- Cover Letter
- Elevator Speech
- Decide Your Major
- Job Search Resources
- Graduate School Prep
Networking these days is becoming more and more important for career related advice. It can be done at any age, any time. Networking starts with an elevator speech. The idea of an “elevator speech” is to have a prepared presentation that grabs attention and says a lot in a few words. What are you going to be saying? By telling your core message, you will be marketing yourself in a way that will make people want to know more about you.
An elevator speech can be any kind of short speech that markets you as an individual. It is a short description of what you do. The elevator speech is extremely important in networking because it allows you to get straight to the point--it needs to be 30 seconds or less. This is a vital tool in finding out what you have in common within the first few minutes of conversation.
Why Networking Is Important?
In the United States almost 80% of jobs are found through the “hidden” job market. That means that these jobs are filled before they even hit the job boards. How do people find these jobs? Through networking! Networking can seem a bit intimidating if you have never done it before, but networking can be as simple as having a conversation!
If you want to network with people in a specific field, go to events where you think they’ll be – make your own luck. Opportunities to network may arise from planned events or spontaneously at on- and off-campus functions.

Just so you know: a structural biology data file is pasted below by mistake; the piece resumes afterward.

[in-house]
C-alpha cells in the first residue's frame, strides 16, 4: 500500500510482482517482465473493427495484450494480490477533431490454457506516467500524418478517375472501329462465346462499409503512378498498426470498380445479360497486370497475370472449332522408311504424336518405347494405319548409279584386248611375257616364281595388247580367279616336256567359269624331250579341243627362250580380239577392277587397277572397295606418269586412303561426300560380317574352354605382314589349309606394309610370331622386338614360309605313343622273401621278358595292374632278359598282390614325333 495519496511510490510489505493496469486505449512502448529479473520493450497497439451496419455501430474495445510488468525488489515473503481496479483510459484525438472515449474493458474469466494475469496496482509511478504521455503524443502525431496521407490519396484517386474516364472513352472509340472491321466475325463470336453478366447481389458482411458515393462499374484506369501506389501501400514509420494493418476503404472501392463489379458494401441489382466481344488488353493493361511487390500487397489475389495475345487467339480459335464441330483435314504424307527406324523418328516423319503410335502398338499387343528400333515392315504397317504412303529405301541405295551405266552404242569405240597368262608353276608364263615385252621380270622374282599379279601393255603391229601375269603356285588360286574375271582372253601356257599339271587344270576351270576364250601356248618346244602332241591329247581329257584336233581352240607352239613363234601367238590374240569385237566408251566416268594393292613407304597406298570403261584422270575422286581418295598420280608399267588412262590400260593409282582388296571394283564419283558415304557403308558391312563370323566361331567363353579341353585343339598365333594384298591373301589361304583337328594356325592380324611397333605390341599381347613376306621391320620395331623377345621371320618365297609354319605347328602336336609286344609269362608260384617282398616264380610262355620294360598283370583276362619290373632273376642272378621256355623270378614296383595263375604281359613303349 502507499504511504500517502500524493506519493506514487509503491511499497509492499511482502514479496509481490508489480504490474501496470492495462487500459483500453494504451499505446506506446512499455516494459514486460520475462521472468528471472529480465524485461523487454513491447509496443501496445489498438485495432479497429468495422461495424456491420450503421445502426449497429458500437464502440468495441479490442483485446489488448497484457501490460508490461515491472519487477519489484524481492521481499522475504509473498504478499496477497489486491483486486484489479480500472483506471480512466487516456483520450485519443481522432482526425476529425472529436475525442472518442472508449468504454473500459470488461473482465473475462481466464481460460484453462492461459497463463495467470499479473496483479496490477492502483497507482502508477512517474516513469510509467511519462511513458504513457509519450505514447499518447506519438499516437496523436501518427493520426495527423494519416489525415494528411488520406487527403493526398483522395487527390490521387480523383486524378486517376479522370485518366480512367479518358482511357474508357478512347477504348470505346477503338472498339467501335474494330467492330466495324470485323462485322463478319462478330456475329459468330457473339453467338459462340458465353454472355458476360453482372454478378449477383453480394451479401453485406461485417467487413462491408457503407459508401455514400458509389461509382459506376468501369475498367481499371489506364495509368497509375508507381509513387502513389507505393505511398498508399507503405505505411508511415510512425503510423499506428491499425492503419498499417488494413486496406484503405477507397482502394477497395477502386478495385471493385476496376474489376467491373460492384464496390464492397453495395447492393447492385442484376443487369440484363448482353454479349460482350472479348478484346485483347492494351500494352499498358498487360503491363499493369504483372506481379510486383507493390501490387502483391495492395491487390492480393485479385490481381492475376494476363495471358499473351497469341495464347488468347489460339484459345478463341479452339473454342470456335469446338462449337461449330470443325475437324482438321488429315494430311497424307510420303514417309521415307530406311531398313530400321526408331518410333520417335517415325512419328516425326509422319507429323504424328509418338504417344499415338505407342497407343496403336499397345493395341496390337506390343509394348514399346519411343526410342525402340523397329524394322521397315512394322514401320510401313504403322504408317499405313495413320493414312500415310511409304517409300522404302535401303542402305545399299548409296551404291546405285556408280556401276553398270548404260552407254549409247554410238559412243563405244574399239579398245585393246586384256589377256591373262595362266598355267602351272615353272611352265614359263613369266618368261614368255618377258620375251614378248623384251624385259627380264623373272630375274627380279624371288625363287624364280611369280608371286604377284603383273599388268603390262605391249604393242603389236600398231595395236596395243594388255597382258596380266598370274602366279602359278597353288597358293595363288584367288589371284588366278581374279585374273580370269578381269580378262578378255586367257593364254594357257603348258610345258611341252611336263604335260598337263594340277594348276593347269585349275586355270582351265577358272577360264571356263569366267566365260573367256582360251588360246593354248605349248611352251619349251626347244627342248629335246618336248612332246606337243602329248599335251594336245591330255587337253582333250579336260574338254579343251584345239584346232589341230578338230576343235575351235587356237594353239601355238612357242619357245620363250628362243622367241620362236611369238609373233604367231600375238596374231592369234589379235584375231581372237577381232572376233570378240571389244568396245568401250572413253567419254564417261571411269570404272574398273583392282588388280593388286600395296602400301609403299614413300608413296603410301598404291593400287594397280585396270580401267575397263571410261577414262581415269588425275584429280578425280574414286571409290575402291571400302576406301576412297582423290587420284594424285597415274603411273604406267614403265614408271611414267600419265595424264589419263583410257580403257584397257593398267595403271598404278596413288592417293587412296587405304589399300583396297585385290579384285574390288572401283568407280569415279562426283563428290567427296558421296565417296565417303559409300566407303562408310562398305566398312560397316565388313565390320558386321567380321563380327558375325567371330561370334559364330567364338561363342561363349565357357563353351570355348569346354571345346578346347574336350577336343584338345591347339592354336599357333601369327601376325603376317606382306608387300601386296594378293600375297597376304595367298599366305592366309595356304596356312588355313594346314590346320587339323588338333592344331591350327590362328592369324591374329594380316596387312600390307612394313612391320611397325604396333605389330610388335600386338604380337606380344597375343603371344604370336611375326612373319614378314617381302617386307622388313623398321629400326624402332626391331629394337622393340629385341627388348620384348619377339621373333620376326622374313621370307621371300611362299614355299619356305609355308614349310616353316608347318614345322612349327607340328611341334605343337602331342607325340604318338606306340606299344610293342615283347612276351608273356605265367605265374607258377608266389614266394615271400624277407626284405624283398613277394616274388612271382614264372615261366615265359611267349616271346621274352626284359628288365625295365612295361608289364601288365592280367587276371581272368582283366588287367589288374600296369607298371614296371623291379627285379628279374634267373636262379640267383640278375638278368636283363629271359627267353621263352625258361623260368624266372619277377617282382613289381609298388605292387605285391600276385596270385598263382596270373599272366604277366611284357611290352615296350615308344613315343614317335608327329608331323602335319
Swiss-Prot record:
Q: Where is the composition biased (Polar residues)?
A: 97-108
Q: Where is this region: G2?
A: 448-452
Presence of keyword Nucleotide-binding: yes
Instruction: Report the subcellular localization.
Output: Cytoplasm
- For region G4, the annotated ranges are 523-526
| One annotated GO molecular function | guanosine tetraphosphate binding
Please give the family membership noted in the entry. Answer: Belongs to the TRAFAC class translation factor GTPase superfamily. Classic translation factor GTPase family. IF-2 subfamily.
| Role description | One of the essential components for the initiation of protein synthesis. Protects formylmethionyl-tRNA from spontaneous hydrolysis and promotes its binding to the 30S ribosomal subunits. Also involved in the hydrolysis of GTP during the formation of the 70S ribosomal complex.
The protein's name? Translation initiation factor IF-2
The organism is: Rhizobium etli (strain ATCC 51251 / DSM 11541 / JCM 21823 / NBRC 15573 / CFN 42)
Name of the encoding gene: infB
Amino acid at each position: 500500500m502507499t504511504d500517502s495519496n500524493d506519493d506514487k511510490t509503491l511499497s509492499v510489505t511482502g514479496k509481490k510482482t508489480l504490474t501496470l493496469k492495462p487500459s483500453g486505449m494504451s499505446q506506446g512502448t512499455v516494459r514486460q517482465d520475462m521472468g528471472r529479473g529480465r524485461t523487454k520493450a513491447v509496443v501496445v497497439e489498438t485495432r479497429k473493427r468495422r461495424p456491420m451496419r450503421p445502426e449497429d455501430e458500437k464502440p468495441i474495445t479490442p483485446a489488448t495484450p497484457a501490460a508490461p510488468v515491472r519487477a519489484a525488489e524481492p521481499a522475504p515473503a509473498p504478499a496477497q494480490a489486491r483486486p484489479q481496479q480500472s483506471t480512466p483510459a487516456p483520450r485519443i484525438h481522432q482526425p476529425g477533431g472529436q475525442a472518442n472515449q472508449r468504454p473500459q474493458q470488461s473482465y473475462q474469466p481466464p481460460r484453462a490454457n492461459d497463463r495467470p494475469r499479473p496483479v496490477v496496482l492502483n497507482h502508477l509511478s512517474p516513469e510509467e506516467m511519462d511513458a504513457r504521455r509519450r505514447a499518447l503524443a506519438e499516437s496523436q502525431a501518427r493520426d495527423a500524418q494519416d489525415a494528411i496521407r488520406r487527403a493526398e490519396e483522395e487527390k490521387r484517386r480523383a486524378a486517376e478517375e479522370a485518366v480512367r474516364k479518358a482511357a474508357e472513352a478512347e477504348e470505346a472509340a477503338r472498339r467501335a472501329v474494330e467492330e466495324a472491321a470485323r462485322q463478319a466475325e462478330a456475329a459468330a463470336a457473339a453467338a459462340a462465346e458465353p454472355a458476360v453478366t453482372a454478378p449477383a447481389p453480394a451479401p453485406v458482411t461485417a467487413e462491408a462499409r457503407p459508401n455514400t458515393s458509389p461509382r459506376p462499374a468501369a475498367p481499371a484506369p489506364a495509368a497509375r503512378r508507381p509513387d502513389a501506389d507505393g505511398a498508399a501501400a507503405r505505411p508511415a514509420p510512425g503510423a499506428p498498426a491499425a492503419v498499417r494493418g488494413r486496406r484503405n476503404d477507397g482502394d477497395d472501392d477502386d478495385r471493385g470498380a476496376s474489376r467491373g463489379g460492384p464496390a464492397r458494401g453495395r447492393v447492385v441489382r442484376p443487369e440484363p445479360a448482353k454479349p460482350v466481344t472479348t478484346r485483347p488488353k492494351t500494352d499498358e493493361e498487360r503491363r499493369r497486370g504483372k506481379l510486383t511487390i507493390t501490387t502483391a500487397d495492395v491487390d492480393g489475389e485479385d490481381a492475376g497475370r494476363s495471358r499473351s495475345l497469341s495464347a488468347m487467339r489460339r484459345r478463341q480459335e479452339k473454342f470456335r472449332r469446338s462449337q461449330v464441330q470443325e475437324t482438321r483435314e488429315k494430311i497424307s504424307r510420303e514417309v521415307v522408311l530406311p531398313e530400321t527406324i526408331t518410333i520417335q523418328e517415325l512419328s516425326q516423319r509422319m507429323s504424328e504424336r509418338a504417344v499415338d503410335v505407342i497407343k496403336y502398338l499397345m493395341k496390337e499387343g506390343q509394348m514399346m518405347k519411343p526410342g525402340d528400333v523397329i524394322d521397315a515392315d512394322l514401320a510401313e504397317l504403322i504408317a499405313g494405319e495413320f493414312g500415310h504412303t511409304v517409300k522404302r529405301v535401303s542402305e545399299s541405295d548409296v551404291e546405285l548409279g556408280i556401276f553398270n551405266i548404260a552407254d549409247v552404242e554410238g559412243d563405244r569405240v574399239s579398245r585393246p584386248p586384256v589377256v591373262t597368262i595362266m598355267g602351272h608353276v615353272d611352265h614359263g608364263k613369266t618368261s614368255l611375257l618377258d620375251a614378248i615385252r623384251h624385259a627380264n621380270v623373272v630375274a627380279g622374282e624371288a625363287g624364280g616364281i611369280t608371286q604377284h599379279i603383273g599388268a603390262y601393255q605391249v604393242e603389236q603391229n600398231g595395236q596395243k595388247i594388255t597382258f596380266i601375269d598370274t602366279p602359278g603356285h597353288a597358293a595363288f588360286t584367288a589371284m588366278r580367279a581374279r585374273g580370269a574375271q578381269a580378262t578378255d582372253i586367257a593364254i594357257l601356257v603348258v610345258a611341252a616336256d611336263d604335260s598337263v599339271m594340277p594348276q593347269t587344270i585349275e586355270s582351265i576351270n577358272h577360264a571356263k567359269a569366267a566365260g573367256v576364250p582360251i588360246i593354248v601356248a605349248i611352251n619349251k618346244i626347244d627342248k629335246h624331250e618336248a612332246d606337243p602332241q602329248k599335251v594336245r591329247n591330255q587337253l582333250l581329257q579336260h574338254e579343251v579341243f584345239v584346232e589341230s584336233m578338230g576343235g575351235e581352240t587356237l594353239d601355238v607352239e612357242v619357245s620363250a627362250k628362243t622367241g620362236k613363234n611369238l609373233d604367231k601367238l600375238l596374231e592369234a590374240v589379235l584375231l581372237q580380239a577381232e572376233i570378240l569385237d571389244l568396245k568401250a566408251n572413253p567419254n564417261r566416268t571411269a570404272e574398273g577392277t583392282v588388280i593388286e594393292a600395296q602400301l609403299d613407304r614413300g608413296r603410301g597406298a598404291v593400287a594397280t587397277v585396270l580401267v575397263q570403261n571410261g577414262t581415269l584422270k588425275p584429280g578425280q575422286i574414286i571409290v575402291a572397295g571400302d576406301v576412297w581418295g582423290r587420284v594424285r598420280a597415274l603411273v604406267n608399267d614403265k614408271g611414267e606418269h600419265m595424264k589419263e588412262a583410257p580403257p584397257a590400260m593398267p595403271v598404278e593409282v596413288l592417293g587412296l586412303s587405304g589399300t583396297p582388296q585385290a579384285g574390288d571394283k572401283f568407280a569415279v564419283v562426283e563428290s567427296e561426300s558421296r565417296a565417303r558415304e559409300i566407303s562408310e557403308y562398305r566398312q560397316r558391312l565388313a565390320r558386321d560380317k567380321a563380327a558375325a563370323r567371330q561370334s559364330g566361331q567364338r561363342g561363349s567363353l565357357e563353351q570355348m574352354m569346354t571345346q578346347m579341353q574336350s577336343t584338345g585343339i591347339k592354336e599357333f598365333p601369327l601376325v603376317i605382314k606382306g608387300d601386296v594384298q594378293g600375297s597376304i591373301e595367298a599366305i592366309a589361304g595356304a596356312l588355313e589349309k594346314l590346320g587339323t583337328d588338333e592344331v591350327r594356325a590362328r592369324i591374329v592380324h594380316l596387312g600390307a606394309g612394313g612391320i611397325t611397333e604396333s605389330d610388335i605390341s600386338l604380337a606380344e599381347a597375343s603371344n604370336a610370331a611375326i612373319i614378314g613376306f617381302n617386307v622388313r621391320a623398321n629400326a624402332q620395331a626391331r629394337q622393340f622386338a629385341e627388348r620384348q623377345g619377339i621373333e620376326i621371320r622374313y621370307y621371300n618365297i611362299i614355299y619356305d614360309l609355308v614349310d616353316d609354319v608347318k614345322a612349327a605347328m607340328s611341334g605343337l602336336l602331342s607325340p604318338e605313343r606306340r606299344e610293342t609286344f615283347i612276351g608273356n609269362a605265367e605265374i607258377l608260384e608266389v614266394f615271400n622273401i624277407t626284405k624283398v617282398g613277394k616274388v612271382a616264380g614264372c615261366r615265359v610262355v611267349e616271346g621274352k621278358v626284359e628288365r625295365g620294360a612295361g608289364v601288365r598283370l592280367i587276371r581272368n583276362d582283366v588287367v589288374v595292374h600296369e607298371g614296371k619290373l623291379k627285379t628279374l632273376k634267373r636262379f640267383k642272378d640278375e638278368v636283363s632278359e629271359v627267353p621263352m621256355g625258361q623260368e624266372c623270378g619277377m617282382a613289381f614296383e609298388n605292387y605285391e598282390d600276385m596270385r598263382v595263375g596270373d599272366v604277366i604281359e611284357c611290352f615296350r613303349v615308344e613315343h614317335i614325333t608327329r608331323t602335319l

On-campus Networking Opportunities
- Career Fairs (held in the spring and fall)
- Employer presentations/info sessions
- Employer tables at the Memorial Union and/or within your department
- Clubs and organization events, such as panel presentations
When you are attending a networking event a good way to differentiate yourself and be a connector is to meet several people in the beginning of the event. During the second half of the event, begin to introduce people that you have met and connect them.
How to Prepare for Networking
- Make a List: Keep a running list of possible contacts. Start with friends, family, neighbors, classmates, and professors. Write down everyone you can think of, you never know which contact may lead you to the contact who helps you find a job or someone who can possibly guide you.
- Develop a Plan of Attack: Take some time to thoughtfully develop a plan. Identify your objective. Networking will be easier and more effective if you have a clear objective to communicate.
- Prepare a 30 second elevator speech: Describe your major, career interests, work experience, extracurricular activities, and the type of career information or job you are seeking.